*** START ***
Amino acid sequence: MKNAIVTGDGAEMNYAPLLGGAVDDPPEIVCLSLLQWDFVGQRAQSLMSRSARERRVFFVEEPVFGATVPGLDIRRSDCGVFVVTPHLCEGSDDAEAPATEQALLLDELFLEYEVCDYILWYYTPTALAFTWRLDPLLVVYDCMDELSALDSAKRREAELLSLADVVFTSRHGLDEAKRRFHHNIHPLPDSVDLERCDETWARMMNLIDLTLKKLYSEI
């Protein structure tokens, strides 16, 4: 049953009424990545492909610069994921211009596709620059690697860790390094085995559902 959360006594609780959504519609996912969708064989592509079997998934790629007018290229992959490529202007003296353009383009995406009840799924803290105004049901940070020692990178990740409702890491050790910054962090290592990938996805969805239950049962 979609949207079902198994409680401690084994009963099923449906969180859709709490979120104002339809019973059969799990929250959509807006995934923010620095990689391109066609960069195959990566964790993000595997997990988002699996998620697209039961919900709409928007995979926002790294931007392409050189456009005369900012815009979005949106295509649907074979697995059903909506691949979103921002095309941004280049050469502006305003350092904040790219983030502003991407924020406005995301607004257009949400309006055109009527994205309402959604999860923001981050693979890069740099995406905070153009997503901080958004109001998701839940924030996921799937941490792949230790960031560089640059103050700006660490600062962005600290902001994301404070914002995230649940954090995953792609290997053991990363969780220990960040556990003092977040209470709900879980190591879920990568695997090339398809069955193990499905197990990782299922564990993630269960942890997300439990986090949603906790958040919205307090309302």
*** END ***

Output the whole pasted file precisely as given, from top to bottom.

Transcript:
Amino acid sequence: MKNAIVTGDGAEMNYAPLLGGAVDDPPEIVCLSLLQWDFVGQRAQSLMSRSARERRVFFVEEPVFGATVPGLDIRRSDCGVFVVTPHLCEGSDDAEAPATEQALLLDELFLEYEVCDYILWYYTPTALAFTWRLDPLLVVYDCMDELSALDSAKRREAELLSLADVVFTSRHGLDEAKRRFHHNIHPLPDSVDLERCDETWARMMNLIDLTLKKLYSEI
């Protein structure tokens, strides 16, 4: 049953009424990545492909610069994921211009596709620059690697860790390094085995559902 959360006594609780959504519609996912969708064989592509079997998934790629007018290229992959490529202007003296353009383009995406009840799924803290105004049901940070020692990178990740409702890491050790910054962090290592990938996805969805239950049962 979609949207079902198994409680401690084994009963099923449906969180859709709490979120104002339809019973059969799990929250959509807006995934923010620095990689391109066609960069195959990566964790993000595997997990988002699996998620697209039961919900709409928007995979926002790294931007392409050189456009005369900012815009979005949106295509649907074979697995059903909506691949979103921002095309941004280049050469502006305003350092904040790219983030502003991407924020406005995301607004257009949400309006055109009527994205309402959604999860923001981050693979890069740099995406905070153009997503901080958004109001998701839940924030996921799937941490792949230790960031560089640059103050700006660490600062962005600290902001994301404070914002995230649940954090995953792609290997053991990363969780220990960040556990003092977040209470709900879980190591879920990568695997090339398809069955193990499905197990990782299922564990993630269960942890997300439990986090949603906790958040919205307090309302």